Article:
What a Project Management Disaster

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On the news recently I was listening to an item about the ongoing Edinburgh Tram Project. It is, apparently, 2 years late and already over-budget by £200 million; three-quarters of the budget has been spent but only a quarter of the work has been completed. I had to wonder how the project managers feel about this – are they desperately trying to get the project back on track (pun intended) or is it simply so over budget and so late that now they are just trying to get it right. But, actually, I discovered that a substantial number of key staff have left the council-owned company overseeing the project and more are expected to leave.

I don’t know why those people have left the company but it re-confirms what I think about so many project disasters – if you take care of the people working on the project, communicate fully with them and listen to their concerns then a disaster is less likely to happen. The fact that staff are deserting this particular sinking ship is a clear indication that they are not happy and a de-motivated team will never be able to deliver a project successfully

There have been plenty of calls for the project to be scrapped, including from the deputy leader of Edinburgh City Council but equally vocal have been the calls to complete the project to avoid the waste of a predicted £750 million cost to scrap it.

Perhaps these people should take a longer term view and consider, for example, what happened with the £750 million Wembley Stadium project. Just as with the Edinburgh Trams, one of the main causes of missed deadlines and budget overspend with Wembley Stadium has been disputes over money with the contractors. But look at Wembley Stadium now – several years on and the late completion and overspend are (almost) forgotten.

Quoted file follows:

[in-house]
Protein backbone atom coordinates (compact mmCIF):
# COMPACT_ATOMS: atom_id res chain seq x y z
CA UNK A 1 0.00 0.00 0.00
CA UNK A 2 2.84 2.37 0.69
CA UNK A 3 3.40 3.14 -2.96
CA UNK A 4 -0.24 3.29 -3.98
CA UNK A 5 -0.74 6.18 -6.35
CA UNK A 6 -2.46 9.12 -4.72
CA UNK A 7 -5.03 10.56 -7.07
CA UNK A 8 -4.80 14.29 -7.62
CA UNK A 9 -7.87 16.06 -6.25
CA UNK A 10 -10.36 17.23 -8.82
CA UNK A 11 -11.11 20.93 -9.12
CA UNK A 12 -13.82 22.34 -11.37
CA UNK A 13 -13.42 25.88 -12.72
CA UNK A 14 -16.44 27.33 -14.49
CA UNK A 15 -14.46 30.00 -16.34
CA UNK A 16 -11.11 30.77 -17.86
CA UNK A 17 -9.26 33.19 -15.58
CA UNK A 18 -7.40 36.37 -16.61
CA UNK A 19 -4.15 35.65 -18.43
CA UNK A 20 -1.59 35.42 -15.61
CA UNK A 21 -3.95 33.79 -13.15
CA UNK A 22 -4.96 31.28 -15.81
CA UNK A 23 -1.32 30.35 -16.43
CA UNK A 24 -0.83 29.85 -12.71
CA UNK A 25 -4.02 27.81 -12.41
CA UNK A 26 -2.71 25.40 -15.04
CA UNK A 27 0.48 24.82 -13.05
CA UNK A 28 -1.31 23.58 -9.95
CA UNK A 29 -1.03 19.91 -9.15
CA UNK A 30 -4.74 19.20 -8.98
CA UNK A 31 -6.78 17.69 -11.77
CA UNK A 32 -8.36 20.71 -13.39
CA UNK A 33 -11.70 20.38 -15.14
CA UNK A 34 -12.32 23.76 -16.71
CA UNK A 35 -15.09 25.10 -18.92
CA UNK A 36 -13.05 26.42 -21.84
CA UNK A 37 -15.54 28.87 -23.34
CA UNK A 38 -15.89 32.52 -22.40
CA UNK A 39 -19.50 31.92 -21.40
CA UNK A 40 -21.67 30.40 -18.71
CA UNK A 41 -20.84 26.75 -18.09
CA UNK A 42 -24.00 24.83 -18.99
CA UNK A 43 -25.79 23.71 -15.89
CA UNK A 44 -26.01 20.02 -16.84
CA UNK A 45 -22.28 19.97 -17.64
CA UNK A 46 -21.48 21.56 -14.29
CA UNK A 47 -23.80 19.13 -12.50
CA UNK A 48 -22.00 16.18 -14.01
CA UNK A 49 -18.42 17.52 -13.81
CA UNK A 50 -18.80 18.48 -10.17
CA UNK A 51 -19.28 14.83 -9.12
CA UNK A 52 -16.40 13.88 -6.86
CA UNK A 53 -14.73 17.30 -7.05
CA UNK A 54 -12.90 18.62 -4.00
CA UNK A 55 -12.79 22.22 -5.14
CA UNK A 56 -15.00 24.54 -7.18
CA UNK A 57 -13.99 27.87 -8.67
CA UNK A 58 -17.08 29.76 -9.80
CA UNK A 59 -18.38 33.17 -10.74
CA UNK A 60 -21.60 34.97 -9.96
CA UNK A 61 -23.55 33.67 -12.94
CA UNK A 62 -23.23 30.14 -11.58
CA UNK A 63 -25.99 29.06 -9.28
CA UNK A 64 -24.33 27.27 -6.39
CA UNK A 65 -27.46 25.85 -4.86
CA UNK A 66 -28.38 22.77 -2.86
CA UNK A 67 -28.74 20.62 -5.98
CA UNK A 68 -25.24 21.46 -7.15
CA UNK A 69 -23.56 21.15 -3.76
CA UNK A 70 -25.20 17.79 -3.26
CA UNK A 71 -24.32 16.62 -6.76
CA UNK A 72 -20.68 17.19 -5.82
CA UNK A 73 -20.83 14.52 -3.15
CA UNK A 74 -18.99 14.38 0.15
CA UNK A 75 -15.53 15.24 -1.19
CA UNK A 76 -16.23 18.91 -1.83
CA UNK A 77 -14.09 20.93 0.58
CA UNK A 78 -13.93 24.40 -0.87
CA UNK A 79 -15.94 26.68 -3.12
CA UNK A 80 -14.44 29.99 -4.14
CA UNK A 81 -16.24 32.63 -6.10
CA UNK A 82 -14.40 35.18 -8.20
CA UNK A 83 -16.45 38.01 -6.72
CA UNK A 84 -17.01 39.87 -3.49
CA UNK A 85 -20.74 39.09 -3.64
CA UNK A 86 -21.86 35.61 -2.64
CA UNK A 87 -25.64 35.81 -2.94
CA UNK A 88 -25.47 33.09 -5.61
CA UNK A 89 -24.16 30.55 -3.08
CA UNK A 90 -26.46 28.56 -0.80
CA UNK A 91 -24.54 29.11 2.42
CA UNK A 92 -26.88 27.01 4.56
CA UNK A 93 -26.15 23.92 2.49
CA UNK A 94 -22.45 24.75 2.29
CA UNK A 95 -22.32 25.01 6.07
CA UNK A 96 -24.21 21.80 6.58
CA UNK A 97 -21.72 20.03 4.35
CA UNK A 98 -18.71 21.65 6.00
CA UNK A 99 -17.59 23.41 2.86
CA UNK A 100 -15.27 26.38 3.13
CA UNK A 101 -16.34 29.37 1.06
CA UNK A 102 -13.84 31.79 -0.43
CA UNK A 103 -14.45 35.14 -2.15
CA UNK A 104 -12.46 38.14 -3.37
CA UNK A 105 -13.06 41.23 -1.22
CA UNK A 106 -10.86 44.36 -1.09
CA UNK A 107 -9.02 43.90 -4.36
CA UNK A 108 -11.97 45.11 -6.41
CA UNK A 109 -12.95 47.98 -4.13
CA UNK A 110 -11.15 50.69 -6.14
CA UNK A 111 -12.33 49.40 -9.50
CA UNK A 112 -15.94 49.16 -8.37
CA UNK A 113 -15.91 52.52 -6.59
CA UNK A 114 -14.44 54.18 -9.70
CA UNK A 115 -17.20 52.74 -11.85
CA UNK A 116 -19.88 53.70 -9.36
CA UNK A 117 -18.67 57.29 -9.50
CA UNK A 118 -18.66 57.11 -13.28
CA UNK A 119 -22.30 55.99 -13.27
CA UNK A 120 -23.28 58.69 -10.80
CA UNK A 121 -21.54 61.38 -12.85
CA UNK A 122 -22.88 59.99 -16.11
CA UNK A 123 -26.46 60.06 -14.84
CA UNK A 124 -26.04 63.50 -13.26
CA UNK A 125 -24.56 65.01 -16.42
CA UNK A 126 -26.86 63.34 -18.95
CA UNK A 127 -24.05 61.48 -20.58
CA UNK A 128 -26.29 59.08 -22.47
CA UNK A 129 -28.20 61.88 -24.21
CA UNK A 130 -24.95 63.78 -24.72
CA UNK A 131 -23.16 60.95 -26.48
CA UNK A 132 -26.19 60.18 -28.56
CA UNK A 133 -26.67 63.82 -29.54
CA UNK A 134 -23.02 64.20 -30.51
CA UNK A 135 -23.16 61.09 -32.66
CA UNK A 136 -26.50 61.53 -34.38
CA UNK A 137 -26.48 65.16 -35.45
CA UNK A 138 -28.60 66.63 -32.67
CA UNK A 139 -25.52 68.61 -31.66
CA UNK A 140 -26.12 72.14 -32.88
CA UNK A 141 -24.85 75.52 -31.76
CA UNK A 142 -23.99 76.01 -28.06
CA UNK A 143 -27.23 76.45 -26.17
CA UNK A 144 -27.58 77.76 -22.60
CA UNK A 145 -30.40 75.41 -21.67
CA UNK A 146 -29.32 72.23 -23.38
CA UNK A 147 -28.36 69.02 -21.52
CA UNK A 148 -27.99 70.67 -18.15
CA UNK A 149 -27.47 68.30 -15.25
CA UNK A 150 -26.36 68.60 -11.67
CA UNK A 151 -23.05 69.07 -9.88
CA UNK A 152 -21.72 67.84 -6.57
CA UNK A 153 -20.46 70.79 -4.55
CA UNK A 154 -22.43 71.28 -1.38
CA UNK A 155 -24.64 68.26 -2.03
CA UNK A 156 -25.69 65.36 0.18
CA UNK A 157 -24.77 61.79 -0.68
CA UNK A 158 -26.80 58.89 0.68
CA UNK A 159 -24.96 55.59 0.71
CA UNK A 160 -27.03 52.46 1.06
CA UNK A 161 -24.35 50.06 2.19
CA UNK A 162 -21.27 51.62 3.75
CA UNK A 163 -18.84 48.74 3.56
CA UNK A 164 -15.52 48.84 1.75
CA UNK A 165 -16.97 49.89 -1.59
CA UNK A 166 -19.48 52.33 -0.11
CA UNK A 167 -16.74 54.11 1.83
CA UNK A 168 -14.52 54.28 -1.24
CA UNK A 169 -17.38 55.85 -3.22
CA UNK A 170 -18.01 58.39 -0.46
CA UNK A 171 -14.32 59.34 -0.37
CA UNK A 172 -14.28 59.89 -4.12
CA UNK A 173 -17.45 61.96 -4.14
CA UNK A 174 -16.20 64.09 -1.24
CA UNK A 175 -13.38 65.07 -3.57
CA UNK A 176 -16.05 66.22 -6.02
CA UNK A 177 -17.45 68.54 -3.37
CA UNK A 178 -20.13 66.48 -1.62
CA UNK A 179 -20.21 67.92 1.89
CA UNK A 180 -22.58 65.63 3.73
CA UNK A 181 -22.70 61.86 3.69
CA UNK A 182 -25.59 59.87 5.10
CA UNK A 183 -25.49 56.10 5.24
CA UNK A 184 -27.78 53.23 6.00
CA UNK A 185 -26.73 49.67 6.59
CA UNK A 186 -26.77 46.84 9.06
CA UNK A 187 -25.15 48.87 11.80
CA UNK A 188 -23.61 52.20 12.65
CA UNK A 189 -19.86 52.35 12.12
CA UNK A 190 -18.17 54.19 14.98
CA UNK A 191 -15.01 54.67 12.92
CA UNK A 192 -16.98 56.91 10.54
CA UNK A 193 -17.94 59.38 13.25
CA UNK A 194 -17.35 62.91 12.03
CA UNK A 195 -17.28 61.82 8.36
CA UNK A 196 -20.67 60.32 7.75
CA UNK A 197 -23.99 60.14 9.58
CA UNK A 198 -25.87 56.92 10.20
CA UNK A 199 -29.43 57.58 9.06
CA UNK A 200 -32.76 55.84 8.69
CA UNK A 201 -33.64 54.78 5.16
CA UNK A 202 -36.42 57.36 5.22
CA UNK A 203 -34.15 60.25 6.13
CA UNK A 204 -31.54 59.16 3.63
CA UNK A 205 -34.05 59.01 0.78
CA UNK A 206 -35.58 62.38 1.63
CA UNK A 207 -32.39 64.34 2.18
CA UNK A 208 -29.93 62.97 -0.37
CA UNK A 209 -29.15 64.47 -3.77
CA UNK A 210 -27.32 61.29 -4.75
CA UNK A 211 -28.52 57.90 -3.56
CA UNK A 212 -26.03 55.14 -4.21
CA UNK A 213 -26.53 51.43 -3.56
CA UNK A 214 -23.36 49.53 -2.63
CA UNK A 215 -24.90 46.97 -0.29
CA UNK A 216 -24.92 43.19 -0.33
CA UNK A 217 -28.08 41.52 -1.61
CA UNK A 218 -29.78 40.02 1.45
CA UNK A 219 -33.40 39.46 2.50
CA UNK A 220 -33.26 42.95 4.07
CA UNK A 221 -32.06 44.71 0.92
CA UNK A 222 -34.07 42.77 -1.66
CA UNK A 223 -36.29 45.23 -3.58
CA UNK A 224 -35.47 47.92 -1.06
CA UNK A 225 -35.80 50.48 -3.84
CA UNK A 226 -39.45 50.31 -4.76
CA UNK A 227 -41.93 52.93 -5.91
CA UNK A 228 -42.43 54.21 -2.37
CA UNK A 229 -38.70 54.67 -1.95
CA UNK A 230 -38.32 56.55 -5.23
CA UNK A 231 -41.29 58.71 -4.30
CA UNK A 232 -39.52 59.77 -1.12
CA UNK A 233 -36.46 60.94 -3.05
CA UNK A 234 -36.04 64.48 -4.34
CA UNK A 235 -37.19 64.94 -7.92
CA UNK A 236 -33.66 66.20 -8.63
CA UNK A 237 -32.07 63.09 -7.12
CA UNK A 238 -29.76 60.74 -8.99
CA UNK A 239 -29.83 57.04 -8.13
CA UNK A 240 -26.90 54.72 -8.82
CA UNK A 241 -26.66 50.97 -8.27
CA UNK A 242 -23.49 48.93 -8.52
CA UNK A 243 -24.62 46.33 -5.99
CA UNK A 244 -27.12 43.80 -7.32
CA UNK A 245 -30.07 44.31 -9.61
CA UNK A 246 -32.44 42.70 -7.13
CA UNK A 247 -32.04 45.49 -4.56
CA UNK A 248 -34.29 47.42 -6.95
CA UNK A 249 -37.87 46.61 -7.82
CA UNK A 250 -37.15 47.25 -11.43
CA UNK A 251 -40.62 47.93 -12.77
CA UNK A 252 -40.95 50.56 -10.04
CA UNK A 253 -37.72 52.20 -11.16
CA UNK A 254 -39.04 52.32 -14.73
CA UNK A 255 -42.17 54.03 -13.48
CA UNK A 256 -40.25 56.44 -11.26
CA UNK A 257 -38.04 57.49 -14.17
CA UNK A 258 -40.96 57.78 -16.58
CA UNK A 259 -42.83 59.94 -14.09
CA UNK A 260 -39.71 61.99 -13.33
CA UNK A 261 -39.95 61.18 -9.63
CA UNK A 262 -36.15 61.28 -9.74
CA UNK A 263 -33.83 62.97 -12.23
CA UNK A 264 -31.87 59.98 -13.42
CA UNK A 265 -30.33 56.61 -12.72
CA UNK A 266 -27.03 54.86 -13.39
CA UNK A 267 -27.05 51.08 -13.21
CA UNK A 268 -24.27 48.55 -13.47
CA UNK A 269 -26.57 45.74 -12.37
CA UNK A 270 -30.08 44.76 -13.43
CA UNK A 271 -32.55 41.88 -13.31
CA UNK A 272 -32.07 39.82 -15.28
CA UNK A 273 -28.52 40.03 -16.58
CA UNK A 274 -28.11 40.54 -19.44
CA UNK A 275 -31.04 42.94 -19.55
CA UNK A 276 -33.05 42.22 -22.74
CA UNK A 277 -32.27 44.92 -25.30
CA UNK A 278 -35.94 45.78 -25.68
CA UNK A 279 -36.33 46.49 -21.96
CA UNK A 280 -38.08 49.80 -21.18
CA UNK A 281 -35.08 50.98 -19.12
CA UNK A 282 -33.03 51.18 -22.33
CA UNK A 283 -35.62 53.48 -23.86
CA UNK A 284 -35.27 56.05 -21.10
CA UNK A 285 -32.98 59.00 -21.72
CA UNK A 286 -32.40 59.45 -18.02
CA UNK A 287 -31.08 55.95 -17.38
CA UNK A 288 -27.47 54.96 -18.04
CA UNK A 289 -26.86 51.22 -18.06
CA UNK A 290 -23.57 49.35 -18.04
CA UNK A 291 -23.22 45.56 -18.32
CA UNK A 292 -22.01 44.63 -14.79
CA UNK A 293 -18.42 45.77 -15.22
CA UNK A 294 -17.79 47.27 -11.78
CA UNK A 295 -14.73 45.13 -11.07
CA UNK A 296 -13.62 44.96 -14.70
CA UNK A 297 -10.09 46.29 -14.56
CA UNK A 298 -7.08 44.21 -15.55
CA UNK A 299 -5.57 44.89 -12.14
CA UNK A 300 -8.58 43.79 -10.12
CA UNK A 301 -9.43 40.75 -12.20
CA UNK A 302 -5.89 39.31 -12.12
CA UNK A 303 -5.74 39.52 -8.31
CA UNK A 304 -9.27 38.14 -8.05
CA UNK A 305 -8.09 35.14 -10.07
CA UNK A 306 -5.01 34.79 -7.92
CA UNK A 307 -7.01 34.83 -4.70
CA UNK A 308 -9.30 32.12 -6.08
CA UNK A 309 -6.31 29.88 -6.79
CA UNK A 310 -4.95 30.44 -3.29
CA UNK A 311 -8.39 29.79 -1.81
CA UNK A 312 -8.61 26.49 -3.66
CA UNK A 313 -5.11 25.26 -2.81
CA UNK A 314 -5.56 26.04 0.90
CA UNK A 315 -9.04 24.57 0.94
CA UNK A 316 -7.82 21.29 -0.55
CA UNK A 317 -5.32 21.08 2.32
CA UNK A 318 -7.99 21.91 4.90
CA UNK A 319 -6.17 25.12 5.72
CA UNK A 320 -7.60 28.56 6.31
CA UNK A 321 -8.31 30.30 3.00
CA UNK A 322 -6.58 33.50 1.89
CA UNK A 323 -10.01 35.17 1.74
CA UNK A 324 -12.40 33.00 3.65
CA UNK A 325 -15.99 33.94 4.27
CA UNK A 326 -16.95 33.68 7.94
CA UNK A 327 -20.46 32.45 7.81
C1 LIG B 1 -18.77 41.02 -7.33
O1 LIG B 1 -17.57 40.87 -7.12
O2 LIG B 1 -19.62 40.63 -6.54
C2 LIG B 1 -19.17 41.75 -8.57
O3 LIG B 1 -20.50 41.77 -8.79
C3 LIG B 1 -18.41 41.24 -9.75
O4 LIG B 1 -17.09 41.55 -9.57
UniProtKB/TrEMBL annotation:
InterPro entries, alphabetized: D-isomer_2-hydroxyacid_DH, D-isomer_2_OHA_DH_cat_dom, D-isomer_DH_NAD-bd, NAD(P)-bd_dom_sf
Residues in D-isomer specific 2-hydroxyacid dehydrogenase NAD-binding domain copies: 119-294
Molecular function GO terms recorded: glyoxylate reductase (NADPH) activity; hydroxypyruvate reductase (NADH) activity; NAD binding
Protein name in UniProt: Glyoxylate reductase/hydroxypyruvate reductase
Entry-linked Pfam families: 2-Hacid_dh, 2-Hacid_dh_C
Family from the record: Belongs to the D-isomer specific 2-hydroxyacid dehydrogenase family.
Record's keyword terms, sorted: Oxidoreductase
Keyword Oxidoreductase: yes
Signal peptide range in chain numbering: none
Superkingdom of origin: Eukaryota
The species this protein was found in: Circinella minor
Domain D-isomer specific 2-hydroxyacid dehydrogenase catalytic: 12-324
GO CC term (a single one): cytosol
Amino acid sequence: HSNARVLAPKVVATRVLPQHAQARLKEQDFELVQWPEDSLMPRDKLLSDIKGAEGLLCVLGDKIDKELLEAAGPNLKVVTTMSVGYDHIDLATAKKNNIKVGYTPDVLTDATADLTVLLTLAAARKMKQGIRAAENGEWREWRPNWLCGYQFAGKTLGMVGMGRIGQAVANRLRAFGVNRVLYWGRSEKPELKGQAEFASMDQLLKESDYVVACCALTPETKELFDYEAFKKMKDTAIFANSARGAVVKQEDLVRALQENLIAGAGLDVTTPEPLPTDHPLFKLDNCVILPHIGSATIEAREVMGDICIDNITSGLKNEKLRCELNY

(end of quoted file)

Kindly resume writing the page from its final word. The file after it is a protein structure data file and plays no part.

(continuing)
Another element in these, and other major construction projects, seems to be a failure to manage expectations by setting a realistic timeframe. In fact, this isn’t just a problem with major construction projects but with probably all projects. Maybe it’s about time project managers learnt to be more realistic with their estimates and senior executives learnt to accept detailed estimates as accurate and not pressurise project managers into reducing estimates for whatever business or political reason.

Project managers can learn more about managing team members and external contractors; producing accurate estimates and managing expectations on one of the many project management courses available. Learning to deal with people sensitively and diplomatically could just prevent issues like those on the Wembley Stadium and Edinburgh Tram projects.

 

 

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